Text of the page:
Color figures are free in @Biotropica! Q: Does everyone understand them? A: No Q: Why Not? (Hint: Red+Green)
One of the advantages of moving to online-only publication of Biotropica is that it is now free for you to publish your figures in color instead of more boring Black/White/Gray. Surprisingly, very few authors are taking us on on this. I just don’t understand this – eye-catching color figures can make your results easier to understand and and attract attention to your paper. Having said that, there are a couple of things to think about as you choose the color palette for your figures. The main issue that I have noticed is that many people use red and green in the same image. This is because the contrast between the two makes for really dramatic figures, as you can see here:
Dramatic indeed..unless you are one of the 8% of men and 0.5%of women who have some form of color vision deficiency (CVD, aka, “color-blindness”). They might see your figure like this, depending on if they have Protanopia (i.e., Red-Blindness; Left) or Tritanopia (i.e., Blue-blindness; Right):
Not quite as eye catching, and definitely harder to understand the message. So why should you care about these readers? Well, if they picked up your paper they obviously care about the topic, so they are your target audience – why would you alienate them? But they could also be your current supervisor, your future supervisor, the chair of a job search committee, a panelist on grant proposal panel, or some other person you don’t want to annoy. Make your figures accessible to all readers.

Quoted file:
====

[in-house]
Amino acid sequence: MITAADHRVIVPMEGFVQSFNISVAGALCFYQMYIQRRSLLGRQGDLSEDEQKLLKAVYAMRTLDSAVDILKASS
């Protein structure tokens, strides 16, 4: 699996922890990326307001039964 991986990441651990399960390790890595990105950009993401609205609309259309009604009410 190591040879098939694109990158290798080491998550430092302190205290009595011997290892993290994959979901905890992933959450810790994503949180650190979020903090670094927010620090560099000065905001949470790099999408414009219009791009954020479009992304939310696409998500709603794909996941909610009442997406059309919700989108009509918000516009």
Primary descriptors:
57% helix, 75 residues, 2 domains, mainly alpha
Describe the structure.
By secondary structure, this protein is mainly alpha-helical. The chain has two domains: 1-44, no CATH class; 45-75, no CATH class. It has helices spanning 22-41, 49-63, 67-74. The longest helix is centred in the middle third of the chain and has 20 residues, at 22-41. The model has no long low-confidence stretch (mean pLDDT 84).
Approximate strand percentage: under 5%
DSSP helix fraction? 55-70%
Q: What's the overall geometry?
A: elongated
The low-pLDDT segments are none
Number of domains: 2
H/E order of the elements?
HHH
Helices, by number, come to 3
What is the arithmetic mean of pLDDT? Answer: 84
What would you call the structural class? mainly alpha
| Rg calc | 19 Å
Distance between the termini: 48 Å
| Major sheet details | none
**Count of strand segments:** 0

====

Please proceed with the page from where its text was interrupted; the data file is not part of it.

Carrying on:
No idea how to start? there are some really good resources online, including sites to which you can upload figures to see how they appear to people with different forms of CVD. Here is a small list to get you started. I’ll add links to more if you suggest them in the comments:
- COBLIS Color Blindess Simultor: upload your PNG, JPEG, or GIF to see how it looks to people with different types of CVD
- A great primer by Brian Connelly for people who use R’s ggplot2 to make figures
- Do you use Photoshop to make or edit figures? Use Photoshop’s built-in filter to test what they look like to CVD readers
- Masataka Okabe & Kei Ito: “How to make figures and presentations that are friendly to Colorblind people“. LOTS of suggestions (especially for figures used in genetics and cell biology). links, and tools.
- Color Oracle is a free, open-source color blindness simulator for Window, Mac and Linux. It takes the guesswork out of designing for color blindness by showing you in real time what people with common color vision impairments will see (h/t: @JacquelynGill)
- While you’re at it, go read Rougier et al’s paper “Ten Simple Rules for Better Figures” in PLoS Computational Biology.
- And stop using the rainbow color scale when mapping or in climate papers.
PS If you want to learn more about CVD head over to ColourBlindAwareness.org.